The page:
The Securities Industry and Financial Markets Association has asked the Securities and Exchange Commission to allow the use of "flash orders" in options markets.
SIFMA's Equity Options Trading Committee said in a comment letter to the SEC that a ban "could have significant adverse consequences for the options markets generally by decreasing competition and liquidity and increasing volatility."
There are "important structural differences exist between the equity markets and options markets," wrote SIFMA Managing Director Thomas F. Price.
30/1,000s of a Second
Flash trading on some exchanges allows some unidentified customers to view incoming orders slightly earlier than general market participants. The flash typically lasts for 30 thousandths of a second, and a fee is charged.
Option marketmakers do not have the ability to quote multiple price levels for the same security, he said, and instead must make quotes in multiple series, for instance, he said.
"These challenges reduce the depth of options markets as compared to equity markets and greatly increase the need for market structures that enhance liquidity,'' Price said. "The fact that options must be quoted in multiple series enhances the need for market structures that foster liquidity,'' such as flash orders.
In its letter, the committee estimated that approximately 90% of the trading volume in the equities markets takes place on exchanges that are based on the “maker-taker model” under which orders taking liquidity are typically charged a fee and resting orders that provide liquidity and establish the national best bid or offer (NBBO) may earn a fee.
"In sharp contrast, approximately 70 percent of the trading volume in the options markets is on exchanges that follow a “traditional model” in which routing fees charged by the destination market are absorbed by the market transmitting the order,'' Price wrote, "and market participants have the capability to “step up” to execute orders at prices equal or superior to the NBBO before orders are routed away."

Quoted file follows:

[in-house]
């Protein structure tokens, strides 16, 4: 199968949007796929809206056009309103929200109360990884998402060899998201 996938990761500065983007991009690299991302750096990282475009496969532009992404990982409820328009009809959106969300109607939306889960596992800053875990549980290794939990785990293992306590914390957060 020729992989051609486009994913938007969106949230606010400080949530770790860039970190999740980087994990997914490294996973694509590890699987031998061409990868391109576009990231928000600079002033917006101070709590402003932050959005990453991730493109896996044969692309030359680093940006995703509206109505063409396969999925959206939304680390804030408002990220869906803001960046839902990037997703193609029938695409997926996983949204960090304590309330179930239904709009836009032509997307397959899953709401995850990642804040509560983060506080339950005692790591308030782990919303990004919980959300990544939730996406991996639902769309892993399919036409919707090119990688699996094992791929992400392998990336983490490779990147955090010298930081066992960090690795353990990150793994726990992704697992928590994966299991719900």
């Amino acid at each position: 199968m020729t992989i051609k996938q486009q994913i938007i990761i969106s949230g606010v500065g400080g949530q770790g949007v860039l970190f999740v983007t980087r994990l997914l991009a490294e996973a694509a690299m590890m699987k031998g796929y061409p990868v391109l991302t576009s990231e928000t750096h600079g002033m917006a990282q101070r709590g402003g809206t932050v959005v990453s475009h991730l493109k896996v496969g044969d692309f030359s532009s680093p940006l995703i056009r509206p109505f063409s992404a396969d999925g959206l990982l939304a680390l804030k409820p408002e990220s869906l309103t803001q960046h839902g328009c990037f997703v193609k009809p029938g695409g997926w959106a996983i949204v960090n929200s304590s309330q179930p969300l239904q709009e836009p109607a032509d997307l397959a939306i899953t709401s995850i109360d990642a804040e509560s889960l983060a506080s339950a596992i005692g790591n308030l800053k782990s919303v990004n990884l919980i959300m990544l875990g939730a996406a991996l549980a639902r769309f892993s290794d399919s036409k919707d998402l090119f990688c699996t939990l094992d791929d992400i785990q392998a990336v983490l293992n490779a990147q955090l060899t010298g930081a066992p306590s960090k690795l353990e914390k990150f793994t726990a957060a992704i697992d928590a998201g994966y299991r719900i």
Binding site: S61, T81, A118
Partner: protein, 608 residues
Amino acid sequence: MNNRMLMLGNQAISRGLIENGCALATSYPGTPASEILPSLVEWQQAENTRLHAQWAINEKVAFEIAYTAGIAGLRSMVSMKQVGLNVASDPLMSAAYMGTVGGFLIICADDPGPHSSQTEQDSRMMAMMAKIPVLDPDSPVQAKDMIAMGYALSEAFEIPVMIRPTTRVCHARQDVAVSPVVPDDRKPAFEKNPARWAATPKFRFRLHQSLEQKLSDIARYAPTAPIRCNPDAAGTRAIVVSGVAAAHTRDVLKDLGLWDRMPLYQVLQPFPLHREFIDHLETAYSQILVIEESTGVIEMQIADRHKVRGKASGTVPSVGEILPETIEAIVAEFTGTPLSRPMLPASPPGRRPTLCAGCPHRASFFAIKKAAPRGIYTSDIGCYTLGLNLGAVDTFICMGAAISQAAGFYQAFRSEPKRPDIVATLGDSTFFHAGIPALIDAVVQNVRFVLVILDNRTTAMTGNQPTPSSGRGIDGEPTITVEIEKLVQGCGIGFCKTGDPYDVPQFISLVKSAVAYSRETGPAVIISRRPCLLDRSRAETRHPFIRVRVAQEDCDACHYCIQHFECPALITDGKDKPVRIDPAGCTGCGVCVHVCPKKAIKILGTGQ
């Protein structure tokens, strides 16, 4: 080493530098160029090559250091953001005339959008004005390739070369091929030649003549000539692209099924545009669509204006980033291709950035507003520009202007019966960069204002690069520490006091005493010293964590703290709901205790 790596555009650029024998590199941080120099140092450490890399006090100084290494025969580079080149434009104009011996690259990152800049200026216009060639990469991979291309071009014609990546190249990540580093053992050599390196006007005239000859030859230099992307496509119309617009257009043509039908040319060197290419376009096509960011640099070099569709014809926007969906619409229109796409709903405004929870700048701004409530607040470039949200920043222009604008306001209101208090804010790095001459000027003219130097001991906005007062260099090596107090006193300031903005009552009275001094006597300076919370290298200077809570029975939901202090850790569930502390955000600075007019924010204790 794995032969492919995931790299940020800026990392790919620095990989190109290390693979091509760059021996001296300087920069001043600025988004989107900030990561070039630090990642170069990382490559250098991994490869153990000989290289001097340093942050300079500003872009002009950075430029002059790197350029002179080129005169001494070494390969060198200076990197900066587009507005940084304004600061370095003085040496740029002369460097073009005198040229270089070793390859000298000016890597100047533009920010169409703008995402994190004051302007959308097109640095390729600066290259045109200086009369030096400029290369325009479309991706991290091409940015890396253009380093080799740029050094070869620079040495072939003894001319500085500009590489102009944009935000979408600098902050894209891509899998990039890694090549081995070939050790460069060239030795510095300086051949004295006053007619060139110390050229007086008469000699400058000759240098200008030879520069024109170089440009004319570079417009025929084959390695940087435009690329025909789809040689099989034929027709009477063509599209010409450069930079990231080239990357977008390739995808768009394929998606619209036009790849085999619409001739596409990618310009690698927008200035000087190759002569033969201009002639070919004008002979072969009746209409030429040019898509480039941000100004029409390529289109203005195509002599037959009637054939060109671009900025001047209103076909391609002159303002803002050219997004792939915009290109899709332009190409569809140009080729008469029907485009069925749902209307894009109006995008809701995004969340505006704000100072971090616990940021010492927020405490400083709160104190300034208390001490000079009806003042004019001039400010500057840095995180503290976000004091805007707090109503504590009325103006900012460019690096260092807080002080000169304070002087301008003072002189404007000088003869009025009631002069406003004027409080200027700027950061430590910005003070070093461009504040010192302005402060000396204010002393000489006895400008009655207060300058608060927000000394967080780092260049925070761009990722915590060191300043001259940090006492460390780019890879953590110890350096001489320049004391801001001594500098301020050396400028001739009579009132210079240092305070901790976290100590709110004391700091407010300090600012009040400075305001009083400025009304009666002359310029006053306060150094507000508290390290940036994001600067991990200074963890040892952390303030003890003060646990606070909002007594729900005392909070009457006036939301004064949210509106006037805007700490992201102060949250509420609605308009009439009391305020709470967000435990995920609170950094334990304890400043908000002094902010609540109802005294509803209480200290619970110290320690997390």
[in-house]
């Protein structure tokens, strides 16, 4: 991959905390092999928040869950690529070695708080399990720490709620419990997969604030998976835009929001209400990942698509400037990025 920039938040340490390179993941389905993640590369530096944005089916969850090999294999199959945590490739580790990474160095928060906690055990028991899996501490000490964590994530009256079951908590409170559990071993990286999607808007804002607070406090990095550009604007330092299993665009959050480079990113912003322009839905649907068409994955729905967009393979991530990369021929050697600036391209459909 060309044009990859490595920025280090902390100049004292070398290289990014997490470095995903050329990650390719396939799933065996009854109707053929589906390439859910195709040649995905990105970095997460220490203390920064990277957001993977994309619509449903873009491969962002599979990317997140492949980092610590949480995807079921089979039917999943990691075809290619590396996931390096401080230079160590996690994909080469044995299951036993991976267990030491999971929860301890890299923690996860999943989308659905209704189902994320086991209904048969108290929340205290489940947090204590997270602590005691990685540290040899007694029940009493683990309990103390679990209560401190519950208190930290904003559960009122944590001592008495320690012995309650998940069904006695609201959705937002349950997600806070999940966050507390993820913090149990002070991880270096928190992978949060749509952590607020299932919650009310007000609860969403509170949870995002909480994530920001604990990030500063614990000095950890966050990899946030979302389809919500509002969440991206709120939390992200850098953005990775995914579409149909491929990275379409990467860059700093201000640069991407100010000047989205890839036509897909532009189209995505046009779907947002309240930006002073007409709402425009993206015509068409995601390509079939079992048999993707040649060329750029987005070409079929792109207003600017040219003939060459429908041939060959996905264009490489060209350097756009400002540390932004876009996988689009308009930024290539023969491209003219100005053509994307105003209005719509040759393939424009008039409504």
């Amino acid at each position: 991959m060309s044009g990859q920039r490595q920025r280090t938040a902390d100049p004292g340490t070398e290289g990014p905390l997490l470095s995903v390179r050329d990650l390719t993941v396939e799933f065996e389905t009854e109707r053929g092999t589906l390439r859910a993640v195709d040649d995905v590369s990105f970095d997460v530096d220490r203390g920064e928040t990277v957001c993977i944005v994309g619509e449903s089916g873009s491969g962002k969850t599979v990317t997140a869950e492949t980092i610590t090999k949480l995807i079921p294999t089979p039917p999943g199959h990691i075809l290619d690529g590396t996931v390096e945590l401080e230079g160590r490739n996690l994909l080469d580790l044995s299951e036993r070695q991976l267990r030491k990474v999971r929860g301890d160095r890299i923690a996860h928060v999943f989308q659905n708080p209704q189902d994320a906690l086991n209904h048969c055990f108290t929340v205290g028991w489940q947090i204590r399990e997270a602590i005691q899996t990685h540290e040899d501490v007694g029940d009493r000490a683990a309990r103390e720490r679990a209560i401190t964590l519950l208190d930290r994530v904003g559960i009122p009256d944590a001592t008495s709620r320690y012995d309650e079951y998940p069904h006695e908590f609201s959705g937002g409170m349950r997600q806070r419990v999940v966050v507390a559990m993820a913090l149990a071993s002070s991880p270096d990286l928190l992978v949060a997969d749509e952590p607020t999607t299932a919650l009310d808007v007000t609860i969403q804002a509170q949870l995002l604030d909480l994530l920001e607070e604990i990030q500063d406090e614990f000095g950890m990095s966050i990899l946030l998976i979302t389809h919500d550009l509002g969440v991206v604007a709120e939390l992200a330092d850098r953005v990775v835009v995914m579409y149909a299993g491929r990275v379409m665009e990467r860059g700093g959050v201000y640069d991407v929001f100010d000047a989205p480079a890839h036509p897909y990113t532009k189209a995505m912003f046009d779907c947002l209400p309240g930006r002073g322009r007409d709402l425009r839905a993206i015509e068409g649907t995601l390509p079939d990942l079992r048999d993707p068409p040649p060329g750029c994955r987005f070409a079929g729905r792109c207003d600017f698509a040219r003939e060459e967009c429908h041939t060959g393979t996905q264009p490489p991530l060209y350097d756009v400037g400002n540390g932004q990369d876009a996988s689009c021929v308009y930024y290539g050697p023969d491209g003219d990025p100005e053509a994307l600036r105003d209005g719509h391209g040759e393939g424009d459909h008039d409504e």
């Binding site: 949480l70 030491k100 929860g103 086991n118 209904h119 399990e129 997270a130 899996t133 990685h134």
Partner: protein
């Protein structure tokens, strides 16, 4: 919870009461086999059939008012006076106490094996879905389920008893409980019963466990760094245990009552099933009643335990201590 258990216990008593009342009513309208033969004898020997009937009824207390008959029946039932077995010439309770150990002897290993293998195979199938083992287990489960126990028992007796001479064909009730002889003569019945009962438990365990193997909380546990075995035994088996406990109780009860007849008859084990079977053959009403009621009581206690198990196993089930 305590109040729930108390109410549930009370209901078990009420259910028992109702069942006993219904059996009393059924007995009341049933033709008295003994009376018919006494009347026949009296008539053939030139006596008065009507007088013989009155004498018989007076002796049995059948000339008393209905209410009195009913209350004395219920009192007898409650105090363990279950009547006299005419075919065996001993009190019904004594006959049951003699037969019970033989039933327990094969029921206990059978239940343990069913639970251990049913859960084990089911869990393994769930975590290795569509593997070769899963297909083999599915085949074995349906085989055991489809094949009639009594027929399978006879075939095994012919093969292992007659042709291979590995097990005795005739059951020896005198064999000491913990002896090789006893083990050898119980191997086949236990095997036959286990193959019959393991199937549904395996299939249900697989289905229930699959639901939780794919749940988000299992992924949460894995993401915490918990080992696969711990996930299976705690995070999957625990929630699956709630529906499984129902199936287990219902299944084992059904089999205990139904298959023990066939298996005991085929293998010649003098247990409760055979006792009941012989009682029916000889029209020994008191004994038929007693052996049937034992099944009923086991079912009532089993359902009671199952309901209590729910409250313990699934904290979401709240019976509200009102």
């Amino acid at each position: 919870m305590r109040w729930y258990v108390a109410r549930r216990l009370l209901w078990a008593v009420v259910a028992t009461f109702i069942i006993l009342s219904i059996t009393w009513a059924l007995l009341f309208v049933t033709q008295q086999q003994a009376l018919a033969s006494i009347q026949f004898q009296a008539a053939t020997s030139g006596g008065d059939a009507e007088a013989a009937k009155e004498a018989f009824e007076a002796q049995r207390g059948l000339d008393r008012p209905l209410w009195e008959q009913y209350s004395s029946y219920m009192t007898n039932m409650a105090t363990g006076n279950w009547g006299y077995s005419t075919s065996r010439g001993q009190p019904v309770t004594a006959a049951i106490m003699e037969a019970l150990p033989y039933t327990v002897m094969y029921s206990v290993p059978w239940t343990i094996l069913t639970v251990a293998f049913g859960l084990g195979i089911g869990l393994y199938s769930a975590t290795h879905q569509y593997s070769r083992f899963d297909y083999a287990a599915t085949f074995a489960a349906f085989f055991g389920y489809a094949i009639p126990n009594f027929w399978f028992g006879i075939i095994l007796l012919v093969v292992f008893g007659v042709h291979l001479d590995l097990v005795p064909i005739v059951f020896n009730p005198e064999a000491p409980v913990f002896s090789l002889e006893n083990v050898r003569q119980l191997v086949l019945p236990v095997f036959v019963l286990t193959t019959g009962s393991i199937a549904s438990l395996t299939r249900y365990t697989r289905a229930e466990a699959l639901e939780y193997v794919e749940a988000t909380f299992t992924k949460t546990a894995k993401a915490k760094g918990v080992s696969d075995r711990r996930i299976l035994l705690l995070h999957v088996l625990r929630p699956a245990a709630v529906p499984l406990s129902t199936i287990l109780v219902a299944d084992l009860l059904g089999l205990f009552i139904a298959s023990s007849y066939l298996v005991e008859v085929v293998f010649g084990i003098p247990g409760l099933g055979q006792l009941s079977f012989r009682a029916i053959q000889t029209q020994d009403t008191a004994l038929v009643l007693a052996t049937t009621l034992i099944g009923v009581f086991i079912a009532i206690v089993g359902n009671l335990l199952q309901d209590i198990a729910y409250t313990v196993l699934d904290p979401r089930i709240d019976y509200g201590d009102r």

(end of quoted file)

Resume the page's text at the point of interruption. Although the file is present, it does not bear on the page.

The remaining 30% of the volume takes place on options markets that charge maker-taker fees. Banning flash orders would move more trading to the maker-taker model in options markets, Price wrote.
The decline of the traditional model would have two detrimental effects on retail customers, SIFMA contends. "The information that markets rely on to attract orders will diminish, and execution costs will increase due to reduced depth and wider quotes,'' Price wrote.
Market makers at traditional exchanges are "subject to rigorous and enforceable obligations to make continuous and competitive twosided markets," the letter said. "The affirmative obligations of marketmakers in those markets greatly enhance the likelihood that there will be liquidity in those markets when market conditions are adverse. The Committee is particularly concerned that an options market structure that becomes too heavily dominated by a makertaker model will increase the vulnerability of markets to another “flash crash” similar to that which occurred in the equity markets on May 6 of this year."
Also, makertaker quotes are generally much smaller than traditional quotes, meaning options markets would become "less liquid" if maker-taker pricing gains ground.
Price and SIFMA cited a previous SEC comment that “…the flash mechanism may attract additional liquidity from market participants who would not be willing to display their trading interest publicly" in support of this opinion.
The full SIFMA letter can be found here.